A Michigan landlord can evict residents who violate health and safety rules. For example, they let trash pile up inside the property, damage the electrical wiring, and fail to clean the property sufficiently. If a resident causes a serious health hazard or property damage, they must be given 7 days’ notice to vacate the property without a chance to fix the issue.

5. Illegal Activity

Unlike nonpayment of rent, illegal activities don’t warrant a chance to fix the issue. If a resident has threatened or has caused physical injury to others in the rental unit, the landlord must provide a 7 days’ notice to vacate before filing an eviction lawsuit. If residents are involved in illegal drug activity, only [24 hours’ notice] is required).

Glasses sitting on top of a notebook in front of an open laptop

Resident Eviction Defenses in Michigan

The defense is a reason why the petitioner shouldn’t win the case. Michigan eviction laws state that illegal evictions include:

  • Self-help eviction, where the landlord forcibly removes a resident by changing the locks, shutting off utilities, and removing renters’ belongings.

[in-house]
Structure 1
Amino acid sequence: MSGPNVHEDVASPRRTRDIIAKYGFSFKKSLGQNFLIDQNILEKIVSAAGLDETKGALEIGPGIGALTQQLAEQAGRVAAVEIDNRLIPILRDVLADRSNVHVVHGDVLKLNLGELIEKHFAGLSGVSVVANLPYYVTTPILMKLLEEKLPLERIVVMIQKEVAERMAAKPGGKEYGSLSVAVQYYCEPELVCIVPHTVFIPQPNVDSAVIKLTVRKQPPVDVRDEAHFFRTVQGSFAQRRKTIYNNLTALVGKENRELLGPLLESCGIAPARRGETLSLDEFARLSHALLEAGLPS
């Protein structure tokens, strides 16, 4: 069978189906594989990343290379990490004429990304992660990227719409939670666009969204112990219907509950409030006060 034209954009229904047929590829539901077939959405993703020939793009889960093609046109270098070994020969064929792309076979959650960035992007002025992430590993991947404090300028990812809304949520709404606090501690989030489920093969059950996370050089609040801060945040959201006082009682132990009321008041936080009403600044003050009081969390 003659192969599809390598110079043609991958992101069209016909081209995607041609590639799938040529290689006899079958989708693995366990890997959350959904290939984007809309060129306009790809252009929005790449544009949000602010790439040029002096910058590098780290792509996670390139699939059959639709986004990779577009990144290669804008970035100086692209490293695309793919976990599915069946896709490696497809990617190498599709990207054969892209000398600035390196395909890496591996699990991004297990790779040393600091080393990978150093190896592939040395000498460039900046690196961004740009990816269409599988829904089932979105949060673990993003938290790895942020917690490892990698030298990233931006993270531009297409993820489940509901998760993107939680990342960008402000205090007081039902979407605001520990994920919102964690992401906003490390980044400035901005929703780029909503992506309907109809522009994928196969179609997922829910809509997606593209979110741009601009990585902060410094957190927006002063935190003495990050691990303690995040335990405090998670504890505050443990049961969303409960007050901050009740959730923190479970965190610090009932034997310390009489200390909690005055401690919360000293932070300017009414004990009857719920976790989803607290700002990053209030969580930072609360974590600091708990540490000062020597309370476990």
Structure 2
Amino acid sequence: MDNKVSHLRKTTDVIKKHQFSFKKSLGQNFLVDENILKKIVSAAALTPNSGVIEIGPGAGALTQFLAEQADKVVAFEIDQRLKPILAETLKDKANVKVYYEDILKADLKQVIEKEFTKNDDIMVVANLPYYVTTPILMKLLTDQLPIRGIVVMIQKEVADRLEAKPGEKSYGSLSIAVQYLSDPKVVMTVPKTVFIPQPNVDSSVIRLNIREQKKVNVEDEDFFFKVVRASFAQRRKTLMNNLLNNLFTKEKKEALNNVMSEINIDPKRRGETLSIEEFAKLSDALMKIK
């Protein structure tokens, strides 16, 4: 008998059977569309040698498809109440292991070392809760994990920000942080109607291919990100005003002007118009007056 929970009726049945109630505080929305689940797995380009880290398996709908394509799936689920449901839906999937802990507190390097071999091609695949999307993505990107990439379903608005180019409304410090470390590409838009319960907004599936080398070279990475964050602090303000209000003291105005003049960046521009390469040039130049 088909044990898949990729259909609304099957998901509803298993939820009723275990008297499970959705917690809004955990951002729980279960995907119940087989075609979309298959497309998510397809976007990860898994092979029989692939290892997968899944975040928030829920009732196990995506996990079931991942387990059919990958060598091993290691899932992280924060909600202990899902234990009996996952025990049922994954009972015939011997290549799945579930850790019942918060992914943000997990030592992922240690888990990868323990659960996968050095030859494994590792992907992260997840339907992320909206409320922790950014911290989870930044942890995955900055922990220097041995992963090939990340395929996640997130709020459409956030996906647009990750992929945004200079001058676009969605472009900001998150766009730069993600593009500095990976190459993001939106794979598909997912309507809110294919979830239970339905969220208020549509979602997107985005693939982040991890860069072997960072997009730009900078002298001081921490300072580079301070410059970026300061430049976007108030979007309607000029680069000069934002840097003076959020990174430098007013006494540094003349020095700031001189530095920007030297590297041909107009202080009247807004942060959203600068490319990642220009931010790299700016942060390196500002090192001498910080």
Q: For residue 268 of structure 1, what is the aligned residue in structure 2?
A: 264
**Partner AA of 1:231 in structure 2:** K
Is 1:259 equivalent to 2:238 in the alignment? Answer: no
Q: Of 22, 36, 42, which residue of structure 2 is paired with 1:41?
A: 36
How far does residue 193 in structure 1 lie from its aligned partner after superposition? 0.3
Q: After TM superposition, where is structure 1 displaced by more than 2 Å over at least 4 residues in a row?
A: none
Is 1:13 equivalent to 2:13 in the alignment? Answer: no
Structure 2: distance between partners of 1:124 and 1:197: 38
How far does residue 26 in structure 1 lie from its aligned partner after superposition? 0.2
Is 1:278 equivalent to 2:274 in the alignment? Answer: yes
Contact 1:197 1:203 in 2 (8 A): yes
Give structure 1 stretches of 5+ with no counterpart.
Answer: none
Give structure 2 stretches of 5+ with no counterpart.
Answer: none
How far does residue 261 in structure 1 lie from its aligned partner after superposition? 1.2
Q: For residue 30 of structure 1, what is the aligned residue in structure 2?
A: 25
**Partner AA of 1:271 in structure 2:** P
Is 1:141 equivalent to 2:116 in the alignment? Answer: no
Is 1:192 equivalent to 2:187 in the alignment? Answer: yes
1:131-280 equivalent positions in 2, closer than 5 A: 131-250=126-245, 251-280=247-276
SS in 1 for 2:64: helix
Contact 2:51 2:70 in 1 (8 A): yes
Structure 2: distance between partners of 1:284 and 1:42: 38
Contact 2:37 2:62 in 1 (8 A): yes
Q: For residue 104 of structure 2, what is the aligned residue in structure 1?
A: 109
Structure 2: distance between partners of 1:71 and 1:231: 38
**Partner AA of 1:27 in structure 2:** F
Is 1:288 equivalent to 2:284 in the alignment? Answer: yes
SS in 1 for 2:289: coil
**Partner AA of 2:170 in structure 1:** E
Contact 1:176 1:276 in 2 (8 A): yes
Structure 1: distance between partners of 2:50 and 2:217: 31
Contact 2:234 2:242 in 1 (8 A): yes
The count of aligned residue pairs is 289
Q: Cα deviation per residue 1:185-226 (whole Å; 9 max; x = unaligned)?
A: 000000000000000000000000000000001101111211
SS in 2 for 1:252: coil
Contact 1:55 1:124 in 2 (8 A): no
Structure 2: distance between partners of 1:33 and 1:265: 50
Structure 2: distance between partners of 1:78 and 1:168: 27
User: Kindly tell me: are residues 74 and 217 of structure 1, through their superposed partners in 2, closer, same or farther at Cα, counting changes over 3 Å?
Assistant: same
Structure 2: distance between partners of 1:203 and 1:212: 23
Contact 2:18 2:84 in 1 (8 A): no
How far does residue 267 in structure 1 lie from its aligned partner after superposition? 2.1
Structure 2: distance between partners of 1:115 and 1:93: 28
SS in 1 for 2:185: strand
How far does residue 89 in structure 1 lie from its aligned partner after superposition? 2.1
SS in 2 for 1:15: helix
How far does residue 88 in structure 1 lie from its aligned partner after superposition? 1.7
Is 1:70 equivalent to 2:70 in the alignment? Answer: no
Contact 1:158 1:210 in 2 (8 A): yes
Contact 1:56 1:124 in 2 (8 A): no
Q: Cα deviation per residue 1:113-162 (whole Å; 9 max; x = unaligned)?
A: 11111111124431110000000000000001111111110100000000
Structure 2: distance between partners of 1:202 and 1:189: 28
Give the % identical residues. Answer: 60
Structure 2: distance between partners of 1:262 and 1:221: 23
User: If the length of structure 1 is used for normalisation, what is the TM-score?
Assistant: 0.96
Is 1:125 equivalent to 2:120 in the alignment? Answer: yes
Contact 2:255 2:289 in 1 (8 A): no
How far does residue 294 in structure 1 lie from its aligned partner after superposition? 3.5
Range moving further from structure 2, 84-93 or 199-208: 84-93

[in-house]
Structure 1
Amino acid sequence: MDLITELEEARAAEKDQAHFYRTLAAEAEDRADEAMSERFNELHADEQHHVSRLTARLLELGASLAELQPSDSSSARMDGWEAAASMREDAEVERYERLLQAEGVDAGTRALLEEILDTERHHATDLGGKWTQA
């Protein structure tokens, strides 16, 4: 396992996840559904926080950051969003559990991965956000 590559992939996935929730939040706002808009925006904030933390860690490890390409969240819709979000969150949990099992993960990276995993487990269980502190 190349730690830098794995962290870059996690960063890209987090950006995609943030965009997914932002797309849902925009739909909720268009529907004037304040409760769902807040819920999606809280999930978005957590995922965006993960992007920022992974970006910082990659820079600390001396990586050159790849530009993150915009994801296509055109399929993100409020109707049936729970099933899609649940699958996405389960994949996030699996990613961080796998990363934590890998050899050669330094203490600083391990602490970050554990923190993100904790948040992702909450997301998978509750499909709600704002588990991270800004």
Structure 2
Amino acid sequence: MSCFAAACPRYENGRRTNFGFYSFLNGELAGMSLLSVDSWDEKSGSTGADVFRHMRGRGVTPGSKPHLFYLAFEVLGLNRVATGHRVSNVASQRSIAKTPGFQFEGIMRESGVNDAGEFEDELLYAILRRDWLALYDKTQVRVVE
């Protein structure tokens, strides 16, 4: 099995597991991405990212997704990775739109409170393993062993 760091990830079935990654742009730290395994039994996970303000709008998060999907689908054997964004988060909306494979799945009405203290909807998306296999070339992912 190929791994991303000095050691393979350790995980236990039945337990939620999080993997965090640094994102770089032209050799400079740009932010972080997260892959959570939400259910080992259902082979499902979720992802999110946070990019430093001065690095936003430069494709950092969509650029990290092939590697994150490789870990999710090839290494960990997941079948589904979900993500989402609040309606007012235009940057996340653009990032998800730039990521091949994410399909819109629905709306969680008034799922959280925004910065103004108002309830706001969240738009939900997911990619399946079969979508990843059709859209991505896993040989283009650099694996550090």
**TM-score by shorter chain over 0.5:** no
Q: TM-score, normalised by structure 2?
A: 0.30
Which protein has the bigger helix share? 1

• Retaliatory eviction in response to residents who practice their legal right against the landlord.

The landlord could be required to pay up to three times the amount of the actual damages sustained if found guilty.

Attending Court Hearing in Michigan

Local district court hearings will typically be held within five and 10 days after the summons and complaint are served to the renter. Whatever the case, a court date will be issued. In Michigan, residents are not required to file a written answer to attend the eviction hearing and object to the eviction in court. If the resident doesn’t attend the hearing, the court may issue a judgment in favor of the landlord.

Writ of Restitution

The writ of restitution is the resident’s final notice to vacate the property. After the court hearing has made a judgment in favor of the landlord, the writ will be issued 10 days after the judgment date is issued.